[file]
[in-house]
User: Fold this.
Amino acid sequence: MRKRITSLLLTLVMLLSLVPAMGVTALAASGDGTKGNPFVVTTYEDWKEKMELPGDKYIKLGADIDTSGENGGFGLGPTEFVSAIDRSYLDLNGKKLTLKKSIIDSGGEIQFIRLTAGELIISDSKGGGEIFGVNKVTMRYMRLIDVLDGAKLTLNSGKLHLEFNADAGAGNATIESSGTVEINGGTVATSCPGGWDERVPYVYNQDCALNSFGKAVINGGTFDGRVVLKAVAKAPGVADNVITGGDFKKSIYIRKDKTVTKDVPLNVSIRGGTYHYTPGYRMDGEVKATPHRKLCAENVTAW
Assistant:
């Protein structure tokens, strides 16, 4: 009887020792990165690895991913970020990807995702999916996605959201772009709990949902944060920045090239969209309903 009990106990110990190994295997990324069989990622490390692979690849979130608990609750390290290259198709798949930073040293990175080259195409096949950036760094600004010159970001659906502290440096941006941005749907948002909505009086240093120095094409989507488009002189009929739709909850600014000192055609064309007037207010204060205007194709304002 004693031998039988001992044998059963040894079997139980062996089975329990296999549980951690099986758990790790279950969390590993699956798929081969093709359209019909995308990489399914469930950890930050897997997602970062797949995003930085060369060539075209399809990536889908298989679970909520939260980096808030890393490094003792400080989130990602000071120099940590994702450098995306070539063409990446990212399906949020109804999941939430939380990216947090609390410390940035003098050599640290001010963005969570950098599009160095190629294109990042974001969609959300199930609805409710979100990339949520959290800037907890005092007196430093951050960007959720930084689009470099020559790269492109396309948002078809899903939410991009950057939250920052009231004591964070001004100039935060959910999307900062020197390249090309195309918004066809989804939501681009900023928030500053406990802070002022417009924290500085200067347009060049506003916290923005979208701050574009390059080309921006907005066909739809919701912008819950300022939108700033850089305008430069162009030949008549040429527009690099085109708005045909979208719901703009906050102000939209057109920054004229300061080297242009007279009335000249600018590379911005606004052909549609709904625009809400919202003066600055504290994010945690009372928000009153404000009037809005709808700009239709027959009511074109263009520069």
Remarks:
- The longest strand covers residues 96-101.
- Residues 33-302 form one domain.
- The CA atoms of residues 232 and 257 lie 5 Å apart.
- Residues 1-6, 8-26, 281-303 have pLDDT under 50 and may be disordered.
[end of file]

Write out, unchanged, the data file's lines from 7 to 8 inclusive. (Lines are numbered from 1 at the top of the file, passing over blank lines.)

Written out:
- The longest strand covers residues 96-101.
- Residues 33-302 form one domain.